Over one million residents in North Carolina struggle to find safe, decent affordable housing and here in Wake County, we are short approximately 33,000 units. Our city officials realize that affordable housing is one of the keys to a vibrant community but there is much to do. I am so happy to announce that this weekend, Saturday, August 27th, Sacred Heart, as part of the HFH Catholic Coalition, launched its seventh build. Please join this ten-week build and come out once or as many times as you would like. We work on the house on Thursdays, Fridays, and Saturdays. Saturday lunches are provided by the different parishes in the Coalition. The house is located in the Neuse Ridge development off of Business 64. It is important to plan ahead and schedule your work day one month prior to your day of choice. The only link to use to get on the Catholic Coalition team is: http://vhub.at/CatholicCoalition. Our new parish coordinator is Walt Milowic. For questions, contact him via: socialconcern@sacredheartcathedral.org

----Barbara Molinari Quinby, MPS

Coordinator of Social Justice Ministries Sacred Heart Cathedral--Raleigh, N.C.

FAITH BOOK

Mini-reflections on the Sunday scripture readings designed for persons on the run. "Faith Book" is also brief enough to be posted in the Sunday parish bulletins people take home.

From today’s Gospel reading:

When you hold a lunch or a dinner,

do not invite your friends or your brothers [and sisters],

or your wealthy neighbors, in case they may invite you back

and you have your repayment.

Reflection:

When we entered the doors of our church today we again passed through the "Door of Mercy." In the eyes of the world what happens here is all turned around. We are honored guests, not because of what we have done and deserve, but because Jesus is our host and has called us to be his beloved guests, and brothers and sisters to one another.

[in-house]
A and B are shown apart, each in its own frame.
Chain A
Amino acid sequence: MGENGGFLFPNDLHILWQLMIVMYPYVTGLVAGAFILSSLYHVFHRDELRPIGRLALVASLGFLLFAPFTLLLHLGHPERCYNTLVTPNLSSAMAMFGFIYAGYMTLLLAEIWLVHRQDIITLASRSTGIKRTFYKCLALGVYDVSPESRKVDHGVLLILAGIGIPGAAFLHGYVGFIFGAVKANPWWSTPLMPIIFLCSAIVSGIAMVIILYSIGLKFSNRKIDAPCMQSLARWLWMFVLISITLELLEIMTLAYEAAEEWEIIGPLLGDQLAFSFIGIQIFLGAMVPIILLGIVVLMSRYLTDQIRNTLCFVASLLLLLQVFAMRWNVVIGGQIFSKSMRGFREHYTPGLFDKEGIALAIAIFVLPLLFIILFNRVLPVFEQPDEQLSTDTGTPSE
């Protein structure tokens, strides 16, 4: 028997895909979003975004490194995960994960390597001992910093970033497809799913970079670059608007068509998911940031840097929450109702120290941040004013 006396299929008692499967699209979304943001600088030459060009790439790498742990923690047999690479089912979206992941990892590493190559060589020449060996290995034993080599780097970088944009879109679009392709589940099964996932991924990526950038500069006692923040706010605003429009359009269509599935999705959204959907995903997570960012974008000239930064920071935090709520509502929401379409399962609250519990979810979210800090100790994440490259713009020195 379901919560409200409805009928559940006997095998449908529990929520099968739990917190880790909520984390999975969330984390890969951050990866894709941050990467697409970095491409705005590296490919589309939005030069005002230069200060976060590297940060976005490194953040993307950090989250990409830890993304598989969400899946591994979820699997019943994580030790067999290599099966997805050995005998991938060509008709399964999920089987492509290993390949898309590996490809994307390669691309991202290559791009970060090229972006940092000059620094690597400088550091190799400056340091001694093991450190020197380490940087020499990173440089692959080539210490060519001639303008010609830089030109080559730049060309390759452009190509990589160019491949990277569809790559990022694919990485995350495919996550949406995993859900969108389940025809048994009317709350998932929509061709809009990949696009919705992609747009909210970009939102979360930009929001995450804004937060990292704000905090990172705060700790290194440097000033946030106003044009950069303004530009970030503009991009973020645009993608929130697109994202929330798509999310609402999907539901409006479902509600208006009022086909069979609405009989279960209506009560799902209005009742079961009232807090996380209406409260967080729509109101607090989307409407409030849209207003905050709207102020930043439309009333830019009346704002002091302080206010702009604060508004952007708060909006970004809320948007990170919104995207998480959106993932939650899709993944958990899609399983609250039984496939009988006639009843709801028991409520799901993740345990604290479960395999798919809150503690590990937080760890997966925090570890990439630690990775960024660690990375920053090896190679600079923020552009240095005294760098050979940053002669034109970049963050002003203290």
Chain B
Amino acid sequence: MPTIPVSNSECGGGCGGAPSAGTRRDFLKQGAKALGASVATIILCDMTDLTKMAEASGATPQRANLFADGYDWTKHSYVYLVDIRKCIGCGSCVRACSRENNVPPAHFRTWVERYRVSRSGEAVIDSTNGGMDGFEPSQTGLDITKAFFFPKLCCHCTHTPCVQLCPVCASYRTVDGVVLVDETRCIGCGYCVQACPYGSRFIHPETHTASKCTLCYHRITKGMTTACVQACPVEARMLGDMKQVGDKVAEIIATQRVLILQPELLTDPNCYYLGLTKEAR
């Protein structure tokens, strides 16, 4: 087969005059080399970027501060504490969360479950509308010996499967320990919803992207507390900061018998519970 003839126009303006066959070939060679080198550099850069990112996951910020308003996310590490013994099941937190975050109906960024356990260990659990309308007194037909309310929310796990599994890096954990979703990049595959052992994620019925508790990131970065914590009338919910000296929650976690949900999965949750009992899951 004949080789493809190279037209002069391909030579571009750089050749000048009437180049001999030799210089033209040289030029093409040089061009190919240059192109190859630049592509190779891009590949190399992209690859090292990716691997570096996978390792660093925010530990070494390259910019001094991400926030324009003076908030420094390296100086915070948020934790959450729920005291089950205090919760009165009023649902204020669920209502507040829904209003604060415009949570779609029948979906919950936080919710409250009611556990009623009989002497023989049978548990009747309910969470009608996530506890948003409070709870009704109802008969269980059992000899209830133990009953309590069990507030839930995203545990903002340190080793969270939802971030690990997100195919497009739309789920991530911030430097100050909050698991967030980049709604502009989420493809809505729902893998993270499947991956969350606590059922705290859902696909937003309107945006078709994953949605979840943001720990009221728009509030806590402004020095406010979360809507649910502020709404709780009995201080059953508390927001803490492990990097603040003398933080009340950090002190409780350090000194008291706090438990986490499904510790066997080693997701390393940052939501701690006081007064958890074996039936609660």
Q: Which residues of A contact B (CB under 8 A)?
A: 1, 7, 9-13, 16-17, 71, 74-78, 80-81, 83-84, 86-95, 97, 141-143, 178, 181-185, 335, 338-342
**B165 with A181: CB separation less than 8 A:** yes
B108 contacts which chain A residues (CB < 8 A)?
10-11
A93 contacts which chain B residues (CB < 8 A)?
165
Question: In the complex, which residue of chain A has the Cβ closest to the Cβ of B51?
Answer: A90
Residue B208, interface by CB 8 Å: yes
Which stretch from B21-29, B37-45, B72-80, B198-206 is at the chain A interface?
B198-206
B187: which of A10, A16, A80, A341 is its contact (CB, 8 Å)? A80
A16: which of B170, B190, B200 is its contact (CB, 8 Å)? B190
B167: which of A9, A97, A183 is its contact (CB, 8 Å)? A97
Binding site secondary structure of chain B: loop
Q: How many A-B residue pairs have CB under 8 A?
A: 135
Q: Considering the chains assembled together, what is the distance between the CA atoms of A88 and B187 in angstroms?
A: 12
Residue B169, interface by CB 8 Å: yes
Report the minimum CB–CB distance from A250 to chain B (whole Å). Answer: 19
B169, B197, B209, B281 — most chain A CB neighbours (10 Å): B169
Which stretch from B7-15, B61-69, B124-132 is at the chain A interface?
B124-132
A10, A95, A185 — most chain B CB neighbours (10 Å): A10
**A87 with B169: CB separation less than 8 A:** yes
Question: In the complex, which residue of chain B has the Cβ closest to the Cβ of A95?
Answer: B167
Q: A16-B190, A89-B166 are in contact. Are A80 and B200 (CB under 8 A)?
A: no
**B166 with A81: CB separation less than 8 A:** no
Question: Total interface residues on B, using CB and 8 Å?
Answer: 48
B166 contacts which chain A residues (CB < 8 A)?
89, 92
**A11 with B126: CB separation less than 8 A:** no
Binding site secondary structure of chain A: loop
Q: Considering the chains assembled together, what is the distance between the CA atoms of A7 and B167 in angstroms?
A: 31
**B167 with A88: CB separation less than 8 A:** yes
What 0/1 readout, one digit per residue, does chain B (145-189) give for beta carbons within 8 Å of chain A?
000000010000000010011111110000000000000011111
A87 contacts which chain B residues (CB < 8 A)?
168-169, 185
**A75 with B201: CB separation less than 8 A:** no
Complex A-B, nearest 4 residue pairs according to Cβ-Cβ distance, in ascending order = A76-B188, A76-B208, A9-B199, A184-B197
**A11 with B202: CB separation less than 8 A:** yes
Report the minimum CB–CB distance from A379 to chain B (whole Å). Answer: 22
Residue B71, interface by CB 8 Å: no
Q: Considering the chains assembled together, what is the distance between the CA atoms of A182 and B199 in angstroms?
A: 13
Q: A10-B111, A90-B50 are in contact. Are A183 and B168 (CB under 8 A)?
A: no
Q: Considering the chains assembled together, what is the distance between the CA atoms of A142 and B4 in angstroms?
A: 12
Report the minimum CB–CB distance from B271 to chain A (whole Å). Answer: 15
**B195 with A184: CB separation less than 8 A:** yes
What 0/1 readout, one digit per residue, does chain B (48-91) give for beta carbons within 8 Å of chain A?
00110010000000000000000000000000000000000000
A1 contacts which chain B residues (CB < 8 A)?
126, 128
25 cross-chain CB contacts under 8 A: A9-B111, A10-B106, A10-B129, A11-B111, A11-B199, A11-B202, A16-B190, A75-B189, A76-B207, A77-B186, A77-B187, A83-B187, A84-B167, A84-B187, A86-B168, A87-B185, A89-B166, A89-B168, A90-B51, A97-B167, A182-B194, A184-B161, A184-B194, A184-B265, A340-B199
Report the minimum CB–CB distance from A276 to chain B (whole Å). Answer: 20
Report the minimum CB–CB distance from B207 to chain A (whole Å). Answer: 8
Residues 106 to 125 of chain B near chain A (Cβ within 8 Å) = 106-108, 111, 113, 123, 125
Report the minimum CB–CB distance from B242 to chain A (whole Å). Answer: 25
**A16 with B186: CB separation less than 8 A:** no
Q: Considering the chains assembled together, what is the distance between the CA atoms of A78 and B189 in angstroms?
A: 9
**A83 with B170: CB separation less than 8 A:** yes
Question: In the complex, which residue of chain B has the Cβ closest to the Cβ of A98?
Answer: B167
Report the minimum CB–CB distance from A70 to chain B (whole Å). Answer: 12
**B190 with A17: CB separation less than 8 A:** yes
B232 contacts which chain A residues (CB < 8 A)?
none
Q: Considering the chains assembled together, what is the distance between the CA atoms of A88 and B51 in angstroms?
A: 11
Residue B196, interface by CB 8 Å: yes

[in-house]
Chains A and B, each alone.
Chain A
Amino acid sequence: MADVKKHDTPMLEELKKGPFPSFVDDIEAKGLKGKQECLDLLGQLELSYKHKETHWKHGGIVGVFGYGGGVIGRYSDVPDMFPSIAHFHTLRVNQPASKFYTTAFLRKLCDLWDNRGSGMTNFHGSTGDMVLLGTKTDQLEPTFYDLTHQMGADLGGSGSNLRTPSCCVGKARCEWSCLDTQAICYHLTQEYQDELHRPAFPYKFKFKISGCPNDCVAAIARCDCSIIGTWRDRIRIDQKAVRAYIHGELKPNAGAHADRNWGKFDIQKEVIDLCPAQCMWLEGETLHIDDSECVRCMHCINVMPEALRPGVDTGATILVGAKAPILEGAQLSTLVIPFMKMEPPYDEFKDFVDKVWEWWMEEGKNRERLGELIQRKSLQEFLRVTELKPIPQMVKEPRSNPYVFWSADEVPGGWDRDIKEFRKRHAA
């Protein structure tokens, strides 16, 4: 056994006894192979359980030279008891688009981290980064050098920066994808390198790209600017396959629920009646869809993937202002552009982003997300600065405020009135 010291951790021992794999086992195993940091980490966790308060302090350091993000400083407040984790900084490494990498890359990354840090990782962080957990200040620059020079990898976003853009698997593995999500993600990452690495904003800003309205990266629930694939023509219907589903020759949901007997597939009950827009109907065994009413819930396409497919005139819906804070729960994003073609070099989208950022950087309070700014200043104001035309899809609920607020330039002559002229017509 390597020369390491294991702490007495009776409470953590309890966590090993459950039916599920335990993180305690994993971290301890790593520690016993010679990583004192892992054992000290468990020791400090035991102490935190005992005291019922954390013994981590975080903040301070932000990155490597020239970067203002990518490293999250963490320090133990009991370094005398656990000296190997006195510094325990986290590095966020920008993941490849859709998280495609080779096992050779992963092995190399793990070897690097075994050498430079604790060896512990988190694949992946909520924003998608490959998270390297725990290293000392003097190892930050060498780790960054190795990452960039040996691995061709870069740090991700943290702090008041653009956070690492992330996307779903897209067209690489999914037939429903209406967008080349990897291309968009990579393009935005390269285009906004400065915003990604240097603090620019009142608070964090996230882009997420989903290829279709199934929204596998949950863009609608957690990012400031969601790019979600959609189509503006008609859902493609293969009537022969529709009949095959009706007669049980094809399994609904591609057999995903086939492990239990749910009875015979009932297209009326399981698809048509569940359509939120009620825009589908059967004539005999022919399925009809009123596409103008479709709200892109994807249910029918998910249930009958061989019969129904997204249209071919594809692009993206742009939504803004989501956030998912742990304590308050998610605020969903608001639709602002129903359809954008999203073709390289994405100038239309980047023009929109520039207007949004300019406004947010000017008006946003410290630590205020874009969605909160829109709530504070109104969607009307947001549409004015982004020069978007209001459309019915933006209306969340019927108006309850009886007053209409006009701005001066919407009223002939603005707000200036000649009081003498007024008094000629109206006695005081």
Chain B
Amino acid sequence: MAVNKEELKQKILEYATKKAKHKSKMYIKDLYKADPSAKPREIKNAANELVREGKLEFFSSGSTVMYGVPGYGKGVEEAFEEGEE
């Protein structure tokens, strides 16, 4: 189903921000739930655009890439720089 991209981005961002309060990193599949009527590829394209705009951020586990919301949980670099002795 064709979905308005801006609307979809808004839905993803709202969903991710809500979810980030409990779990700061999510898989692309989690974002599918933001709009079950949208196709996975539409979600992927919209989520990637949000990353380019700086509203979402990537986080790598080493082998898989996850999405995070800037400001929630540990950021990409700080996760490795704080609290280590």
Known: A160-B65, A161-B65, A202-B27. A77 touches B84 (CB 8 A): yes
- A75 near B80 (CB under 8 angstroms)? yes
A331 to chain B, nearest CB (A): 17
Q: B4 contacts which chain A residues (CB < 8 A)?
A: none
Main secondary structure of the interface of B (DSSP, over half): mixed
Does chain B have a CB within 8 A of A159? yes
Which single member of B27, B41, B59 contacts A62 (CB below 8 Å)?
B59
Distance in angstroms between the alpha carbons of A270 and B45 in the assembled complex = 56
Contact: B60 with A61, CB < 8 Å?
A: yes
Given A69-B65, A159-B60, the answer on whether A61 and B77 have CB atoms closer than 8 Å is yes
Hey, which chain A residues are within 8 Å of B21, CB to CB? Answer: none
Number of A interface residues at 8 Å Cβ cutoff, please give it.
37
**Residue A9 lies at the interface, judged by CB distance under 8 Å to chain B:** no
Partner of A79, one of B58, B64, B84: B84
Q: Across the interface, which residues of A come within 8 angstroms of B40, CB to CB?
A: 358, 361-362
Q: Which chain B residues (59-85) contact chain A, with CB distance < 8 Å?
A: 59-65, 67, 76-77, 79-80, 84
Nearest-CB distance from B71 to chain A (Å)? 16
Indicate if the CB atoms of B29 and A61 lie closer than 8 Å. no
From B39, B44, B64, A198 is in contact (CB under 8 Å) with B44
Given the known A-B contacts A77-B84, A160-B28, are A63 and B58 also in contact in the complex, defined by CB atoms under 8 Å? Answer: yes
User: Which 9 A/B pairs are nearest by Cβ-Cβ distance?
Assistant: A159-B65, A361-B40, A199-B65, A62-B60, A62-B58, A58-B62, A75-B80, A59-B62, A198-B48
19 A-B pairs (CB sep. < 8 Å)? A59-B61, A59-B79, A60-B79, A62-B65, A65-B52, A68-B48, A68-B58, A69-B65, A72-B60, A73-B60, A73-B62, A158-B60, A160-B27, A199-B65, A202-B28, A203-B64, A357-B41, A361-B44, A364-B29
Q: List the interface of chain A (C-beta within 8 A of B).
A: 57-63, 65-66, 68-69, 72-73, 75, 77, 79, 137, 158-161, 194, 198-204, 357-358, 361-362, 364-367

So we ask ourselves:

  • How often do we sit for a meal or at a social occasion with people from lesser social standing or means than us?
  • Do we just associate with our "own kind" of people and avoid others who are different than us?

POSTCARDS TO DEATH ROW INMATES

"The use of the death penalty cannot really be mended. It should be ended."
Cardinal Theodore E. McCarrick

Inmates on death row are the most forgotten people in the prison system. Each week I post in this space several inmates’ names and addresses. I invite you to write a postcard to one or more of them to let them know we have not forgotten them. If you like, tell them you heard about them through North Carolina’s, "People of Faith Against the Death Penalty." If the inmate responds you might consider becoming pen pals.